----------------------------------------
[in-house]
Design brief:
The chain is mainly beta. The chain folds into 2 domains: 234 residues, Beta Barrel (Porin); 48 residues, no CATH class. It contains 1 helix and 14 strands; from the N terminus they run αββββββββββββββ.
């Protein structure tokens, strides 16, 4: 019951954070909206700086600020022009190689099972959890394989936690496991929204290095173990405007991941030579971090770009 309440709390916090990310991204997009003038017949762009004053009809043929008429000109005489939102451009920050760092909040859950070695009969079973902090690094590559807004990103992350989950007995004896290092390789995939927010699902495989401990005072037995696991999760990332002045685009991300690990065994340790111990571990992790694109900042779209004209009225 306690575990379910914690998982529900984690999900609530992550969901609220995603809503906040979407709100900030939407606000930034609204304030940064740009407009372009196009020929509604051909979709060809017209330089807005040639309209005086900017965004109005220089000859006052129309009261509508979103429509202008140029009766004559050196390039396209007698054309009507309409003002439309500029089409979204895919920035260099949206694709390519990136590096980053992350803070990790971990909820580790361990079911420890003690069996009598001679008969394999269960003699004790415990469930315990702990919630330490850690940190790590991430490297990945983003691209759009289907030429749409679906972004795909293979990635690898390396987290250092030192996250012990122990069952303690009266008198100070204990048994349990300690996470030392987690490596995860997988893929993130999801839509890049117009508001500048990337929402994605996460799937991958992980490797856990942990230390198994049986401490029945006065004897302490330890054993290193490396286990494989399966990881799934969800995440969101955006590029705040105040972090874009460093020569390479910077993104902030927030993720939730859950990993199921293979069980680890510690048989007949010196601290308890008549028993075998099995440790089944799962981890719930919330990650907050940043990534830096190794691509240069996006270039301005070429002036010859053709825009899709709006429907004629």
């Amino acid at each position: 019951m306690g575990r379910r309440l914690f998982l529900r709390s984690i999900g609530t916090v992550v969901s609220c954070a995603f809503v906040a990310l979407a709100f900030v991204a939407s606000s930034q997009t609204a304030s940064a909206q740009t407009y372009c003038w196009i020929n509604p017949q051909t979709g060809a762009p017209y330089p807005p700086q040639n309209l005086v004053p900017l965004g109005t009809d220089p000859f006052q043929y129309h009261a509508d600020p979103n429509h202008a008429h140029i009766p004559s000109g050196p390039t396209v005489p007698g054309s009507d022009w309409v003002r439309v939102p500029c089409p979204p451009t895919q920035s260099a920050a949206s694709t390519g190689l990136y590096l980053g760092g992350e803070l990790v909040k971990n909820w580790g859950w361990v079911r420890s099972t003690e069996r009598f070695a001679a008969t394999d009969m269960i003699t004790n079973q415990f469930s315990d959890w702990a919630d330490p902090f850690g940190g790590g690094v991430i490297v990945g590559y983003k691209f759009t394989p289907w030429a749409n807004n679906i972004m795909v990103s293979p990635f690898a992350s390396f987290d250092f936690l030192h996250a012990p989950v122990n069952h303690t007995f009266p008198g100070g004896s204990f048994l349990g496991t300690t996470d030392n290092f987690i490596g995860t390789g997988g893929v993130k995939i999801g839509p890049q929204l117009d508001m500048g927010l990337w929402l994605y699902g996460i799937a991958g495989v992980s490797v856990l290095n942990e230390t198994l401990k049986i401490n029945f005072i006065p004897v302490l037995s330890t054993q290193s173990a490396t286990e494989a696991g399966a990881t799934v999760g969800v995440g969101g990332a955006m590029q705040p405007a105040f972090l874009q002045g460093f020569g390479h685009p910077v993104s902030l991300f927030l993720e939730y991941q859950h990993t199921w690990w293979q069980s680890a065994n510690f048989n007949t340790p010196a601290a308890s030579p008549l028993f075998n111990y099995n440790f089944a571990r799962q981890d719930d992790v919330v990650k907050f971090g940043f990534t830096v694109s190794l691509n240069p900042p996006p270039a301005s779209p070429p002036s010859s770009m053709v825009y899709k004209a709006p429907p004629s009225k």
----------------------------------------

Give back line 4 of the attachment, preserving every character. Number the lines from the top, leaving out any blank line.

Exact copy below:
């Protein structure tokens, strides 16, 4: 019951954070909206700086600020022009190689099972959890394989936690496991929204290095173990405007991941030579971090770009 309440709390916090990310991204997009003038017949762009004053009809043929008429000109005489939102451009920050760092909040859950070695009969079973902090690094590559807004990103992350989950007995004896290092390789995939927010699902495989401990005072037995696991999760990332002045685009991300690990065994340790111990571990992790694109900042779209004209009225 306690575990379910914690998982529900984690999900609530992550969901609220995603809503906040979407709100900030939407606000930034609204304030940064740009407009372009196009020929509604051909979709060809017209330089807005040639309209005086900017965004109005220089000859006052129309009261509508979103429509202008140029009766004559050196390039396209007698054309009507309409003002439309500029089409979204895919920035260099949206694709390519990136590096980053992350803070990790971990909820580790361990079911420890003690069996009598001679008969394999269960003699004790415990469930315990702990919630330490850690940190790590991430490297990945983003691209759009289907030429749409679906972004795909293979990635690898390396987290250092030192996250012990122990069952303690009266008198100070204990048994349990300690996470030392987690490596995860997988893929993130999801839509890049117009508001500048990337929402994605996460799937991958992980490797856990942990230390198994049986401490029945006065004897302490330890054993290193490396286990494989399966990881799934969800995440969101955006590029705040105040972090874009460093020569390479910077993104902030927030993720939730859950990993199921293979069980680890510690048989007949010196601290308890008549028993075998099995440790089944799962981890719930919330990650907050940043990534830096190794691509240069996006270039301005070429002036010859053709825009899709709006429907004629």